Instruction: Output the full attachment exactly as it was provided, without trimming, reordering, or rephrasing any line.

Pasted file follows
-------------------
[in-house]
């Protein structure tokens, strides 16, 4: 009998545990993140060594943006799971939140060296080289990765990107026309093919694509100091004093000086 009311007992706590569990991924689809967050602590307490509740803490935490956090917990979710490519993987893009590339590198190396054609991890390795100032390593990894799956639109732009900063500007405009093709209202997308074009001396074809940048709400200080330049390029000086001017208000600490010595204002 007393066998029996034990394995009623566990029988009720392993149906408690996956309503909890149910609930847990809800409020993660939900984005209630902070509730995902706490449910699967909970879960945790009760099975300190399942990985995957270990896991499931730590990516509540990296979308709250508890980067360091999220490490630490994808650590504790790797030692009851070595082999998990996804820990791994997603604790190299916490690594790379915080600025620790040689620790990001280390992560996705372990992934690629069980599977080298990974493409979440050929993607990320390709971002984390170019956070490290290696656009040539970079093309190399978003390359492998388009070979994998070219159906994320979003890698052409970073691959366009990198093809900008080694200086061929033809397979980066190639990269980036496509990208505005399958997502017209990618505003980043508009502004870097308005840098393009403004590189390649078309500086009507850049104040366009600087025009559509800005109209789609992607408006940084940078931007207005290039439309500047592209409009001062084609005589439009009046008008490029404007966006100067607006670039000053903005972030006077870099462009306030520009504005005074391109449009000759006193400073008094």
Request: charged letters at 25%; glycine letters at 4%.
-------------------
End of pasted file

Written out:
[in-house]
């Protein structure tokens, strides 16, 4: 009998545990993140060594943006799971939140060296080289990765990107026309093919694509100091004093000086 009311007992706590569990991924689809967050602590307490509740803490935490956090917990979710490519993987893009590339590198190396054609991890390795100032390593990894799956639109732009900063500007405009093709209202997308074009001396074809940048709400200080330049390029000086001017208000600490010595204002 007393066998029996034990394995009623566990029988009720392993149906408690996956309503909890149910609930847990809800409020993660939900984005209630902070509730995902706490449910699967909970879960945790009760099975300190399942990985995957270990896991499931730590990516509540990296979308709250508890980067360091999220490490630490994808650590504790790797030692009851070595082999998990996804820990791994997603604790190299916490690594790379915080600025620790040689620790990001280390992560996705372990992934690629069980599977080298990974493409979440050929993607990320390709971002984390170019956070490290290696656009040539970079093309190399978003390359492998388009070979994998070219159906994320979003890698052409970073691959366009990198093809900008080694200086061929033809397979980066190639990269980036496509990208505005399958997502017209990618505003980043508009502004870097308005840098393009403004590189390649078309500086009507850049104040366009600087025009559509800005109209789609992607408006940084940078931007207005290039439309500047592209409009001062084609005589439009009046008008490029404007966006100067607006670039000053903005972030006077870099462009306030520009504005005074391109449009000759006193400073008094």
Request: charged letters at 25%; glycine letters at 4%.